The Internet of Things is all about the connection of things, simply because we can. If that observation was true, we could simply string cable from one thing to next and declare victory. Job done. Sadly, it is not the case. Two elements of the IoT data deluge confound the rollout of those transformative implementations futurists are so keen to describe (think Bladerunner 2049): speed and scale.
Speed first. Driving a car around a race track at 30kph is a leisurely and (frankly) moderately boring undertaking. There is loads of space to take turns, straights stretch to the horizon and the challenge level is barely one out of ten.
Ramping up that same experience to 300kph is a whole new level of experience. The environment is identical, the curves and runoffs the same size, placed in the same orientation. But everything happens not just ten times faster – it seems to happen at a level which is impossible to digest. The car, for the first thing, is straining for grip, for cornering, for acceleration and braking. Changes in the track come up so much faster – those braking signs preceding the corner flash by rather than floating leisurely across the windshield.
When the time available to make business decisions is measured in days, weeks or months, there is time to consider, to digest data, to formulate and discard proposals – the equivalent of the 30-kph drive. In the digitally enabled economies we are entering, customers, markets and competitors demand the 300-kph response – how will pricing change in response to a competitor, how will quotes and implementation of solutions be delivered? All of these dimensions happen so much faster that there is barely time for conscious thought – response must become instinctive, must happen with clarity and efficiency even though tremendous forces are bending and breaking components of the overall structure, whether it be a race car or a business.
A similar analogy is the SR-71 Blackbird, a spy plane from the sixties which flew at the edge of space at speeds over 3,500kph. In flight, surfaces of the plane reached temperatures of over 800ºC, getting air to the engines was a constant challenge, and the aircraft needed refueling for every two hours of flight.
This is the world of an economy at speed – decision based on instinct under incredible pressure.
Data makes this speed possible – not just small amounts of data but ever more granular collections. Where are the customers walking / looking / pausing now? The race car driver, the spy plane pilot – both rely on automation and data to make minute by minute, second by second decisions.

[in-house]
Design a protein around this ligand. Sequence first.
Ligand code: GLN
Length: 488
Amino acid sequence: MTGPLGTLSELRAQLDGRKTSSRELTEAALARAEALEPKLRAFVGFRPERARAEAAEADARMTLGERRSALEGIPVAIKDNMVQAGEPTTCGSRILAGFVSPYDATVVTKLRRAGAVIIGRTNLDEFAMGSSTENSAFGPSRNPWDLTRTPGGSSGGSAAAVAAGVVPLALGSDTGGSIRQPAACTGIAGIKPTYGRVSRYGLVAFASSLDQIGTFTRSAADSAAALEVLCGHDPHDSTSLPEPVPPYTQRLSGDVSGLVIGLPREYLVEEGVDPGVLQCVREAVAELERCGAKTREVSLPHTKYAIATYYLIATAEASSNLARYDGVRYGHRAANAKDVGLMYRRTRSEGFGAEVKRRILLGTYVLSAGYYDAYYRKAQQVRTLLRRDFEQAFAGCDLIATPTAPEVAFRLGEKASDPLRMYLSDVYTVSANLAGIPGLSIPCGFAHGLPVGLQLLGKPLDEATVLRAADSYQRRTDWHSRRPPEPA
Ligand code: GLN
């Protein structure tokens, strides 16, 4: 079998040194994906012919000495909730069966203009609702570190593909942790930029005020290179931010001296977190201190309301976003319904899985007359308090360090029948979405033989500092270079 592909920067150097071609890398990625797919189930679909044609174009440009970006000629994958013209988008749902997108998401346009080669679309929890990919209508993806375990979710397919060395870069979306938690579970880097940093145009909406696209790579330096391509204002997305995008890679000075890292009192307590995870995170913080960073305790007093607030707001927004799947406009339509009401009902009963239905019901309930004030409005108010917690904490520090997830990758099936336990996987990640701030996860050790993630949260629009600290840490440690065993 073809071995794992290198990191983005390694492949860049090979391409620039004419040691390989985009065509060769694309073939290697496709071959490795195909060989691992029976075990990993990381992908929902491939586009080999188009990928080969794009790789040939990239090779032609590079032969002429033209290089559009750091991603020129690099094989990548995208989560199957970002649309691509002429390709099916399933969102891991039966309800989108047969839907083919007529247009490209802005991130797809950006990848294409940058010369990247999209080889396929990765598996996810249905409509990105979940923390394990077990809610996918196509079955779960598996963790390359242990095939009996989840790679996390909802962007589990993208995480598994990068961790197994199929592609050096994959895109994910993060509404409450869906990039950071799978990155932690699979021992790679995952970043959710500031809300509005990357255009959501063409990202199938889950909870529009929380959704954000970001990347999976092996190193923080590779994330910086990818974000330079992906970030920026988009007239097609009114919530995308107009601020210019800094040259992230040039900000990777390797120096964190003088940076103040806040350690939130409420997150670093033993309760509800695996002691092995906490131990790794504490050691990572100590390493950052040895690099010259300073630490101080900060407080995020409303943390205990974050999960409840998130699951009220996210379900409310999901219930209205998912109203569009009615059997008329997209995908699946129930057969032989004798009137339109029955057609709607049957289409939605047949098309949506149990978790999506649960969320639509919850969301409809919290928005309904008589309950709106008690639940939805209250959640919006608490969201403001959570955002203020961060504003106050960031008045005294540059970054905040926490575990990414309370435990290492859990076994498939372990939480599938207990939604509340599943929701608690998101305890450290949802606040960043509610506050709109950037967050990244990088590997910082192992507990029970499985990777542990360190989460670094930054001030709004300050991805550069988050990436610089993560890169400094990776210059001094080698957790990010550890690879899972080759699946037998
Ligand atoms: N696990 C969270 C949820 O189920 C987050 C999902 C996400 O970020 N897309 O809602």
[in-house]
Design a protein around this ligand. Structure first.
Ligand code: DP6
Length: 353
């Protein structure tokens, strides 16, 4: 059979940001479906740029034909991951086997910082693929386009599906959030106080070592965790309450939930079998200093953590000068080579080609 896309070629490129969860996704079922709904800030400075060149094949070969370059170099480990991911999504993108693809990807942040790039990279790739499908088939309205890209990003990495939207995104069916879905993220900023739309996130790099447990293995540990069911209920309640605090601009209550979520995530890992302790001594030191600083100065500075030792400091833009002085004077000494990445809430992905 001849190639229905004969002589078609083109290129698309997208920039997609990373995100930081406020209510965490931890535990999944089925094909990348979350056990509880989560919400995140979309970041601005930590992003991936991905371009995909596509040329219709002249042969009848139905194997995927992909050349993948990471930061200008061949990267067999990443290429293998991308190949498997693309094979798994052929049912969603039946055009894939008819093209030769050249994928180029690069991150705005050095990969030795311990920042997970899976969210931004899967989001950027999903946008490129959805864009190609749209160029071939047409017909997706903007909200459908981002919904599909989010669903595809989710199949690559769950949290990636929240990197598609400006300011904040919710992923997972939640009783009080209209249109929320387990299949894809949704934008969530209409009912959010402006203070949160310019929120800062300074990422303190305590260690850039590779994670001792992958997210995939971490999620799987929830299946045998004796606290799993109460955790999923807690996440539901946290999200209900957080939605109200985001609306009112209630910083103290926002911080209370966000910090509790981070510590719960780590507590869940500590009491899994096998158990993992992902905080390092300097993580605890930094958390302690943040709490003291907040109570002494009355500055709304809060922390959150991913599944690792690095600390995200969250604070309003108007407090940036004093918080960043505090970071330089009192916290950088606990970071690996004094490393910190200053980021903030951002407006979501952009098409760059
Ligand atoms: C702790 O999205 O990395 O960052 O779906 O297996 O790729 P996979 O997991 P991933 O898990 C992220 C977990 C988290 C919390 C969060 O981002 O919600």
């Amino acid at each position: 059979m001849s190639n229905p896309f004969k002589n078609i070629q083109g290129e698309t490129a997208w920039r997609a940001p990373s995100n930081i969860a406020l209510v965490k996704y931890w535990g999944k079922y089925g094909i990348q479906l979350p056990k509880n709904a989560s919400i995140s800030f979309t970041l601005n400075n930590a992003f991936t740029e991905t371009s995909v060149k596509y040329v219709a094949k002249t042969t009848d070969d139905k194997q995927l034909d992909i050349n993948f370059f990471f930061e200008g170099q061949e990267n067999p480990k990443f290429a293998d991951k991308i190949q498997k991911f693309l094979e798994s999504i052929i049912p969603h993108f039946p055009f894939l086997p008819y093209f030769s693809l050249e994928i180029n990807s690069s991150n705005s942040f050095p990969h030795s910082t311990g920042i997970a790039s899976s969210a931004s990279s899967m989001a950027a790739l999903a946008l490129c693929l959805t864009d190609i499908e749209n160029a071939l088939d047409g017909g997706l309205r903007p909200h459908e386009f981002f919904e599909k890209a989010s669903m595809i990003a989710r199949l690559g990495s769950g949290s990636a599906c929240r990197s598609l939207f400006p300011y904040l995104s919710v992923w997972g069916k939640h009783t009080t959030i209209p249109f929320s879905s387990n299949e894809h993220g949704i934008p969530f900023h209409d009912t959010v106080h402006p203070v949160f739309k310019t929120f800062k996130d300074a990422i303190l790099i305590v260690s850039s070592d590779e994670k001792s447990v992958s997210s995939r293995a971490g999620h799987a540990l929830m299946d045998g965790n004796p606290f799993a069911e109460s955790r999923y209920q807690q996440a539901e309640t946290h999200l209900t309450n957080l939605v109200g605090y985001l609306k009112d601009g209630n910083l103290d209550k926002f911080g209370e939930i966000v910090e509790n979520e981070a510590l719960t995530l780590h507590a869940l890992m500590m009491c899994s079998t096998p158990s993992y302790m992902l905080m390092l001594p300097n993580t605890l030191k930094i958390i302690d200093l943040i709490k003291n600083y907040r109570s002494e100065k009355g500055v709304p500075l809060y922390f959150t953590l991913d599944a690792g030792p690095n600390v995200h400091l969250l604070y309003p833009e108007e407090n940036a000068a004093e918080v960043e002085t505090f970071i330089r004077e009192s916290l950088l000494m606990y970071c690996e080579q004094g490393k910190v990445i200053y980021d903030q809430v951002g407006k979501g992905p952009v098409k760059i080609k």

Bringing us to the second problem: scale.
Speed is fine and challenging when a single car is on a track or a single plane flies at 80,000 feet. Multiply the problem by adding another 20, 30, 40 cars to the race track, or consider a group of SR-71s flying in tight formation at Mach 3. With each component delivering maximum data to the decision-making process, dealing with the scale of multiple devices becomes even more challenging. Tens of devices is okay in the IoT environment, all delivering multiple pieces of data per second. This is a typical proof-of-concept environment. Scale up to tens of thousands of devices, and things get more interesting from a network, storage and analytical problem. There is an excess of plenty and things start to break as scale pushes the digital enterprise to the edge of space, to the limits of traction on the race track.
Intel estimates that a single connected car with produce around 4TB of data per day, which you could fit on a hard drive the size of a cell phone. The Sydney harbor tunnel reports almost 90,000 vehicles passing through it on a daily basis today. If each of those vehicles generates 4TB of data per day, the subset of Sydney Harbor Tunnel vehicles alone would produce 360,000TB of data per day. Optus in Australia recently announced plans to roll out a 4.5G network capable of theoretical speeds of 1 Gbps. With that network covering all of Sydney, we could move a total of 125MB of data per second, which would mean we could transfer that daily load of 360,000TB of data from the Sydney harbor tunnel vehicles in 92 years. Admittedly, slicing and sharing of network capacity would increase the total throughput and some of the data would be staged on the vehicle and at the roadside. However, there’s still a serious scale problem with even a fraction of that data.
Scale and speed are the two killers in the desire to feast at the IoT buffet. Building the right infrastructure to ingest massive amounts of data from a variety of sources is the first stage in building connected devices – the second is analyzing that data at a speed appropriate to driving the business forward. Strap on your helmet, it’s going to be a wild ride.
Written by Hugh Ujhazy, associate vice president of IOT & Telecoms at IDC | Originally published on LinkedIn